the martian (2015)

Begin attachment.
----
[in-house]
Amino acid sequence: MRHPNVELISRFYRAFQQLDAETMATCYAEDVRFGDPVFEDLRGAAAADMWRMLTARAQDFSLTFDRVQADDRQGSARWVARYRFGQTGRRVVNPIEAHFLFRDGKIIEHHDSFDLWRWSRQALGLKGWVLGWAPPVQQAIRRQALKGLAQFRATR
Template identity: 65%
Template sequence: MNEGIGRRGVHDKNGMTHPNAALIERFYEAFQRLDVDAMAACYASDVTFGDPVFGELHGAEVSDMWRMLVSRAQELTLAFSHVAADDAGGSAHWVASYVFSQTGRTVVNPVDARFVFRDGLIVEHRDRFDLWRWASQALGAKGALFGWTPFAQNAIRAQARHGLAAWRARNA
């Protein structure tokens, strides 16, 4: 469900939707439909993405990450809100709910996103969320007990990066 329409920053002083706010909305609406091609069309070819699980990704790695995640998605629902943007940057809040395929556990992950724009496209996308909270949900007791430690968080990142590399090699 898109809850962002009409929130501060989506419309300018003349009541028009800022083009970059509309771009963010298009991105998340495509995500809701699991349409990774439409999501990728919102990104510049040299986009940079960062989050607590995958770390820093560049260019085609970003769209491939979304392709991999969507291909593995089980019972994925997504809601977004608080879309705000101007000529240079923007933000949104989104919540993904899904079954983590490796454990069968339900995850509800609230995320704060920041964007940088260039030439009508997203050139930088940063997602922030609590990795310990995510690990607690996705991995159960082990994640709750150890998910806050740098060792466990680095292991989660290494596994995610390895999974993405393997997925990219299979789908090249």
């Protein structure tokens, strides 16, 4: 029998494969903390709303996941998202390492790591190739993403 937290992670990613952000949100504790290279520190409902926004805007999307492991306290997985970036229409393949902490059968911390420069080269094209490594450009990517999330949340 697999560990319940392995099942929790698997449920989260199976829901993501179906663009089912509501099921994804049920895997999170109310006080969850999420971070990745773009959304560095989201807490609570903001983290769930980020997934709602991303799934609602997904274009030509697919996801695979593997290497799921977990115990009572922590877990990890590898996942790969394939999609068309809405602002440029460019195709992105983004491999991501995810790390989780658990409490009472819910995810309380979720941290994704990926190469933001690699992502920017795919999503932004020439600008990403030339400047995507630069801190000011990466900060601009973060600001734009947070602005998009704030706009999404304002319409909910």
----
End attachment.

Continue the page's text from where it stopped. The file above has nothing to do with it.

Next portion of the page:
It's no secret that the fire driving many filmmakers is of the same spark that drives most explorers; observers who want to travel into the unknown have always been drawn to the reaches of our planet, and universe for that matter, that few humans tread, lusting after the untouched or undiscovered and looking to lay claim. It must be why so many space exploration films come from Hollywood and why most are so celebrated, the whole "go west" manifest destiny, the itch to dive deepest into the oceans. Cue Ridley Scott's The Martian, the latest entry into a growing genre of science-realist pictures. At its best, The Martian is transportive, bringing to clear life the other-worldly feeling of looking out onto an untouched landscape, being the first human being to ever walk on this ground, the juicy existential stuff that bleeds from a story about being alone on a planet. At its worst, the film is a cringe-inducing advertisement for the space program, filled with the dime-store philosophies and bumper sticker nonsense like "I'm going to science the shit out of this", sure to induce applause from the choir of tech faithful the film preaches to the loudest. Let's all join hands and remind ourselves of the unbreakable human spirit we all share, and revel in a dream that someday the world might gather together and nations might work hand-in-hand for a good cause, etc. There's clearly a generation at work here that still remember the moon landing, the dream of space exploration, the collective fear of atomic energy and mutually assured destruction; they remember a time when the world was less connected but felt more united, I can only imagine, and The Martian comes across more like a tear slowly falling from their eyes.